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The story of the BAC bell

Category: Option E Educating

Submitted by on Tue 21/11/17 16:46

It was 9am on Friday morning, November 17, 2017. Light filtered through the feathery leaves of a poiciana tree, dappling the surface of the old BAC school bell silver and grey. The bell was ready for a brand new College graduation ceremony, restored and mounted in its new timber frame beside the bridge that arcs between primary and secondary campuses.

In an hour’s time, blue-gowned graduates would answer the roll call for the last time, swing the clapper against the side of the bell, and form a line along the length of the bridge. When the Class of 2017 were fully answered for, they would then proceed through a guard of honour on the other side of the bridge. 

The reason the old BAC school bell has become the focal point of our current traditions is because of its significance to our past. It comes with a story that began when a BAC alumni member brought the bell to the attention of Mrs Entermann at the College’s 50th anniversary celebrations last year.

“I was a new principal at BAC and didn’t know much about College history. But a member of the College alumni chatted with me about the bell, its significance to the school, and its special significance to her family. That’s what started us on a pathway that ended at our ceremony today,” said Mrs Entermann.

Sherylea Girle was one of five Hinrichsen children enrolled when the College first opened its doors in 1966 under the leadership of Mr Irwin Lowe. She was in Year 2 and four other Hinrichsen siblings were also enrolled: Val in Year 7, Bill in Year 5, Fred in Year 3 and Carolyn in Year 1. The Hinrichsen family were a significant proportion of the school population of 85 children.

Life was not easy for the Hinrichsen family. Their father, Josias Earnest Hinrichsen, died in 1966 after a prolonged illness. The children remember him as a gentle, soft-spoken man who was a Church of Christ minister and teacher before becoming Seventh-day Adventist and then going into dairy farming, like his parents. In memory of their father, Mrs Grace Hinrichsen donated the bell to the school.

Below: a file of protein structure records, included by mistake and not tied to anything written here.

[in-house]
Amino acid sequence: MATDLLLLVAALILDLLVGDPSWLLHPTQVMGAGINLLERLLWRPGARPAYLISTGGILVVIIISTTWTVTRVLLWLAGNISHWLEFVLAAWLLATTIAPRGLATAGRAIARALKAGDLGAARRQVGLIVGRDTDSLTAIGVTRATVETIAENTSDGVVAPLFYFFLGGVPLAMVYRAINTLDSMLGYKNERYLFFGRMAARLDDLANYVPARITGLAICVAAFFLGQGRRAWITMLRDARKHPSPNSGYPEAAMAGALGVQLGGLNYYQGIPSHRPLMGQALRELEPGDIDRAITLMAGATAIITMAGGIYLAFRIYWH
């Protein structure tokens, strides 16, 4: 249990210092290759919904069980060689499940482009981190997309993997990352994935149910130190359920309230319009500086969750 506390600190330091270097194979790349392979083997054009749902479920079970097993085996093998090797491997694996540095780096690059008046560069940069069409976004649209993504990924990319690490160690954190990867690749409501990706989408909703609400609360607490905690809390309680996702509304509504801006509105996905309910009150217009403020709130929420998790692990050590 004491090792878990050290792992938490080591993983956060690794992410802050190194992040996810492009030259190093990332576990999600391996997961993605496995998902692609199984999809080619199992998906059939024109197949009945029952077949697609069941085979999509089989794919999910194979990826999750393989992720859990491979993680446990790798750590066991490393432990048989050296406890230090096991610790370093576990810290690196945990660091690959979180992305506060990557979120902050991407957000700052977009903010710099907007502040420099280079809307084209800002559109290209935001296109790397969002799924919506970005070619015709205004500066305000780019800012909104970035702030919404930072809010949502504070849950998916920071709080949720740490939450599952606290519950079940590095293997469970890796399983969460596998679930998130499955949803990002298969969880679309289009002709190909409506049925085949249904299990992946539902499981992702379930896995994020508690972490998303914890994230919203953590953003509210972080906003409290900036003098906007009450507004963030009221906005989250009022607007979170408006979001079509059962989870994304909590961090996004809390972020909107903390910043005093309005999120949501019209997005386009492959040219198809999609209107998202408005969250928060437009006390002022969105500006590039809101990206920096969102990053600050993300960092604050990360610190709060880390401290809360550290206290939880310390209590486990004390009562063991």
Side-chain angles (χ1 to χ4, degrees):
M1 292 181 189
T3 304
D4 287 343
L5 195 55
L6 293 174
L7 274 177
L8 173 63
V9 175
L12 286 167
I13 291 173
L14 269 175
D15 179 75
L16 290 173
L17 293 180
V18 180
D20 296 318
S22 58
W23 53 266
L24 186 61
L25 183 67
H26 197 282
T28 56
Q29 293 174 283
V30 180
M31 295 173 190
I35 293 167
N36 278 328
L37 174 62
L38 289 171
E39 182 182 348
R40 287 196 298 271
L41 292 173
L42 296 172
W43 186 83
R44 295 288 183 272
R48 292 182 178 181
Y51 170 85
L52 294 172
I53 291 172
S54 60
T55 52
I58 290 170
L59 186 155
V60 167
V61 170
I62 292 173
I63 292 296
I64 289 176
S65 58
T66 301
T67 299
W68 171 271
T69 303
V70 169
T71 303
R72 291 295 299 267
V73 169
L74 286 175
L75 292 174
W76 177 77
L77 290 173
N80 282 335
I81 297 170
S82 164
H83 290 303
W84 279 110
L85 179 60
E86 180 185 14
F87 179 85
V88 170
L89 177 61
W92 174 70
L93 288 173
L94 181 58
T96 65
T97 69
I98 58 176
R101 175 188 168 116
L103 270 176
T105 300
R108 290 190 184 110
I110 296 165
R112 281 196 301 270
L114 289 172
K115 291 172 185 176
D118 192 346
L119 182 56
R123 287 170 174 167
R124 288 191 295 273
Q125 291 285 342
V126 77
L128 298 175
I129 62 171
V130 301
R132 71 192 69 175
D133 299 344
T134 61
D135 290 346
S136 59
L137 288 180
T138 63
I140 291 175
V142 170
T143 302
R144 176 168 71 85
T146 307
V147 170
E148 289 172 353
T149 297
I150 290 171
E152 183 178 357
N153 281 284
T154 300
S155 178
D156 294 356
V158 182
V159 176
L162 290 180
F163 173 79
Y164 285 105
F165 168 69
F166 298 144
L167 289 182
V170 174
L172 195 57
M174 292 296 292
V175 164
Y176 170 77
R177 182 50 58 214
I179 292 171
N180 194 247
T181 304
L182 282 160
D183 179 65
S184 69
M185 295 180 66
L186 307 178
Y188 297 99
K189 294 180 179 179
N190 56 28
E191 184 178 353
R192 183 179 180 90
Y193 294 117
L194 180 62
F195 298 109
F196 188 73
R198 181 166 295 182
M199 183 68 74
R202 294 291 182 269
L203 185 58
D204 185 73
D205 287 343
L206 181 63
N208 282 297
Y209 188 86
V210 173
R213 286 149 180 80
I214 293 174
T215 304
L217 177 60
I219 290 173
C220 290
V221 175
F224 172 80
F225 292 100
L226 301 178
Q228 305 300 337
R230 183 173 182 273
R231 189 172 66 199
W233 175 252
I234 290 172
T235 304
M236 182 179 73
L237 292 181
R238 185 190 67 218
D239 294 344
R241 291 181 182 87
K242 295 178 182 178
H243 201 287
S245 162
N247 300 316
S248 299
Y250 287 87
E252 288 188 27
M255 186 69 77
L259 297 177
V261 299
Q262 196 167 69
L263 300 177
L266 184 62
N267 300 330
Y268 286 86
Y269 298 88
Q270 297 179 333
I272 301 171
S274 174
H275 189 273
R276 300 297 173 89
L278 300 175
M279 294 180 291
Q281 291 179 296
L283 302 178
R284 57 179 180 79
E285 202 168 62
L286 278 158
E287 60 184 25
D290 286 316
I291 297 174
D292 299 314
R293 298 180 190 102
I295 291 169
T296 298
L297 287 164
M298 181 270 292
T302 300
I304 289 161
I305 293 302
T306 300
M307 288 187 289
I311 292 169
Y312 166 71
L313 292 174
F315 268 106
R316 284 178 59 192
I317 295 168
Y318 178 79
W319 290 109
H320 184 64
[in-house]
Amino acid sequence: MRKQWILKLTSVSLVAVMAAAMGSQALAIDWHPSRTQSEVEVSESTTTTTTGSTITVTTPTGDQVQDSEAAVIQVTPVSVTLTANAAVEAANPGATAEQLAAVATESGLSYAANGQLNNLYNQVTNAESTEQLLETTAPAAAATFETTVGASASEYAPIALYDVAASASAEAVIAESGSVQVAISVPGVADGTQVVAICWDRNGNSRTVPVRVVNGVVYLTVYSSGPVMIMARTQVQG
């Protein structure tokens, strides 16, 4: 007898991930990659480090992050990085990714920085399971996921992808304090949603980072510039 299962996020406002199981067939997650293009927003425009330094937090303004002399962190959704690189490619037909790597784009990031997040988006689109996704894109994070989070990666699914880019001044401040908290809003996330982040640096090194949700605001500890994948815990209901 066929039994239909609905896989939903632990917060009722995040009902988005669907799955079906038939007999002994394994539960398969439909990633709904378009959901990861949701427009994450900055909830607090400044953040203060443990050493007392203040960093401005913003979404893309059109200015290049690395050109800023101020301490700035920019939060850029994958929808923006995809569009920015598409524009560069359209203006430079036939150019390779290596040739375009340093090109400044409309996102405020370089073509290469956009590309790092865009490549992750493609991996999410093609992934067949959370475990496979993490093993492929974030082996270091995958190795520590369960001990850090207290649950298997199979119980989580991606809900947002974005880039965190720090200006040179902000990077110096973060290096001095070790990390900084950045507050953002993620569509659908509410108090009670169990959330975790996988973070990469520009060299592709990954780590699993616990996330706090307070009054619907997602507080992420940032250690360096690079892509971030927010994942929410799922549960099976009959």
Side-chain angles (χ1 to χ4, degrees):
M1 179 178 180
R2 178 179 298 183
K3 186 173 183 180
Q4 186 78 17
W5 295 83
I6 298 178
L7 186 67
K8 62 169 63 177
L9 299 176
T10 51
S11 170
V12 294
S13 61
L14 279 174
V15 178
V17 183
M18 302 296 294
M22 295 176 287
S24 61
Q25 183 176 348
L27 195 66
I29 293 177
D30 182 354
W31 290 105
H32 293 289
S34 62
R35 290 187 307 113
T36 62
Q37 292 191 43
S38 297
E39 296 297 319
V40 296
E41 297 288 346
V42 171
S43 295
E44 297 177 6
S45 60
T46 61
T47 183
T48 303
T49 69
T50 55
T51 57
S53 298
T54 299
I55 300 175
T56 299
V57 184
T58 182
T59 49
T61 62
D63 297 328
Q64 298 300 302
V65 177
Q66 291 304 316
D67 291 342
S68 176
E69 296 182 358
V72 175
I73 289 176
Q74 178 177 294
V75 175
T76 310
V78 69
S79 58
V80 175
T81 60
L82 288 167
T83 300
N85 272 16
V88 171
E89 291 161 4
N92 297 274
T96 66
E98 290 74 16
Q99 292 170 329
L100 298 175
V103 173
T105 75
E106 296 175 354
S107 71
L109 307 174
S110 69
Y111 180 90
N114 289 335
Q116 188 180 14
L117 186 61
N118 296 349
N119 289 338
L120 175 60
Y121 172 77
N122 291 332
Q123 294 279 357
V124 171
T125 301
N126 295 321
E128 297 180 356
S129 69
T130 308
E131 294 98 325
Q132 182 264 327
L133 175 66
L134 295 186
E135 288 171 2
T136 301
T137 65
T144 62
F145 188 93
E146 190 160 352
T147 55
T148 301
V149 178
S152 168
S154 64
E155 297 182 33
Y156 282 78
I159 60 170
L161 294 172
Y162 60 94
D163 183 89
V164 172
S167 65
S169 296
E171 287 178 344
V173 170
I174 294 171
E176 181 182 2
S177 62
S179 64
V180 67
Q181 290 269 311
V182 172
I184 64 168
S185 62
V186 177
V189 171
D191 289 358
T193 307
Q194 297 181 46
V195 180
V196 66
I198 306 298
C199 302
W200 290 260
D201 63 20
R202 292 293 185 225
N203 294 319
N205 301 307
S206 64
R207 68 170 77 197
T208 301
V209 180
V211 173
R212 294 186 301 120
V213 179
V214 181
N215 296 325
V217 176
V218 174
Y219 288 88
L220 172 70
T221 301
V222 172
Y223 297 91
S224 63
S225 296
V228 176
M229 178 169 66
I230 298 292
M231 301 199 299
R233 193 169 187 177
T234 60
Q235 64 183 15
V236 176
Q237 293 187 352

Sherylea remembers the bell being mounted on the eastern end of the primary classrooms. “Mum was so proud and honoured to see the bell mounted on the school wall. It had a special plaque dedicated to my father. I suppose you could say we kids felt pretty special when that bell was rung every day.”

After Josias died, the family struggled financially. The children took on after-school work at small businesses in Mount Gravatt. “And we were all allocated jobs at home. We had to pull our weight. No treats or anything. It was exciting when you got to have a soft drink on Christmas day!” says Sherylea.

By 1969, Grace decided to move the children to her brother’s farm in Monto, where it was cheaper to live and they could attend the local public school. The girls held out hope that one day they might return to BAC and that day finally arrived when Sherylea finished primary school and her mother arranged for her to attend and board with a local family in Brisbane. This meant that she could rejoin her class (now Year 8) and be among the first students to attend the newly-opened secondary school. A year later, Carolyn joined Sherylea at BAC. The girls finished their formal schooling at the end of Year 9 and began full time work.

They returned as honoured guests last Friday, accompanied by their older half-brother Doug Lavers McBain, who taught physics, chemistry and biology at BAC in 1981.

“Watching the Year 12 students graduate brought up mixed emotions,” says Carolyn. “We had some terrific times here as students, but we didn't get to graduate like they did here today. Still, to know that each year this bell will be brought out and every Year 12 student will get to ring it from now on, is just fantastic.”

Mrs Entermann paid her respects to the Hinrichsen family and the bell in her speech to the students and College community: “A fitting symbol of the past and present, the bell resounds with the memories of years gone by as well as with the celebration of milestones achieved. In the same way that the tolling bells of old personified worship, the end of war, marriage, or the end of a life, after the BAC bell is struck for the last time, the BAC bell will continue to resonate with our shared history. We hope this tradition is treasured by our graduates for many years to come.”


Photo 1: Hinrichsen family members Sherylea Girle, Doug Lavers McBain, and Carolyn Chippendale standing beside the BAC bell with Mrs Entermann.

Photo 2: BAC graduates line up for the final roll call where they will ring the BAC bell and cross the bridge in a meaningful new ceremony.

NOTE: Thanks Mr Whaytt for keeping the bell safe in the archive room, and thanks Mr Leeson for restoring it to its former glory.


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